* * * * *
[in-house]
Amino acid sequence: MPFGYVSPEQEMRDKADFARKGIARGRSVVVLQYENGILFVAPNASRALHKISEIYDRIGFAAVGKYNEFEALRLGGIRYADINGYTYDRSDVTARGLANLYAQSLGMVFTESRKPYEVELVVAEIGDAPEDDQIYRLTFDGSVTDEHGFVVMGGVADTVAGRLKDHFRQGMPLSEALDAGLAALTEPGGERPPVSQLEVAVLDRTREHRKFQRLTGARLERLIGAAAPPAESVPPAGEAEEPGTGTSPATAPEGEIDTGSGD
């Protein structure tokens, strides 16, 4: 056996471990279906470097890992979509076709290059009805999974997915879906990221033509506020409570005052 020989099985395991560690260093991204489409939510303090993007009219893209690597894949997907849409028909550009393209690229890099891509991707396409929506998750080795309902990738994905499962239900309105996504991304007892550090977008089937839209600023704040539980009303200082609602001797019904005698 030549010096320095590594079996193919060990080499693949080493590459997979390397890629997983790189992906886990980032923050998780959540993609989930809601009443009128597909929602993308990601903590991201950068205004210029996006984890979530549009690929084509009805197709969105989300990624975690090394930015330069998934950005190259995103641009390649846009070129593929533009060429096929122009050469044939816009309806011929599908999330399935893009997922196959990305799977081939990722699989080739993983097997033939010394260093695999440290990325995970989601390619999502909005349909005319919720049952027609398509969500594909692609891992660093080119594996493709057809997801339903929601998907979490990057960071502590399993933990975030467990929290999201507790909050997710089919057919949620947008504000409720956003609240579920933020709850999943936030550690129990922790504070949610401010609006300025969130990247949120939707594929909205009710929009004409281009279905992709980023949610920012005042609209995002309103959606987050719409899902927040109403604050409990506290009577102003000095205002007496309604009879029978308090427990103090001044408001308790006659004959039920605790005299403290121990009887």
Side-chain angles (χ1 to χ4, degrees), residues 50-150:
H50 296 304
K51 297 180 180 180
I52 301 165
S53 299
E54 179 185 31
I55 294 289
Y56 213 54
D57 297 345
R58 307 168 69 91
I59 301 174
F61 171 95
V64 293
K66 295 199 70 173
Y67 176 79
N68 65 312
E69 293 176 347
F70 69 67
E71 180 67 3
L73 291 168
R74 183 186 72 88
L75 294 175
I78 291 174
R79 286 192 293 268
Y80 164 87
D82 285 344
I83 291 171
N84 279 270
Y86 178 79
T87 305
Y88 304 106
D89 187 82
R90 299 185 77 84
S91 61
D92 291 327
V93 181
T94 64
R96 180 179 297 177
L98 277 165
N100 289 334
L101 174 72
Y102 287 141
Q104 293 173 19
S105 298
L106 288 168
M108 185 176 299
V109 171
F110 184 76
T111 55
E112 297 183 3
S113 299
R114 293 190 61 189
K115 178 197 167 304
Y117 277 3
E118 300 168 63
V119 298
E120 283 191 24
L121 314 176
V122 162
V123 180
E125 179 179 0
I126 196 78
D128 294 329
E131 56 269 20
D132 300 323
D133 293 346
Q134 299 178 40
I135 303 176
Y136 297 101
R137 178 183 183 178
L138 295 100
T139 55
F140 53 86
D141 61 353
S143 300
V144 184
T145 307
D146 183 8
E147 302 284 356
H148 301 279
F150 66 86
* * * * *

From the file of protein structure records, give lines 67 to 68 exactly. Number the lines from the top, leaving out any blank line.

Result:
E131 56 269 20
D132 300 323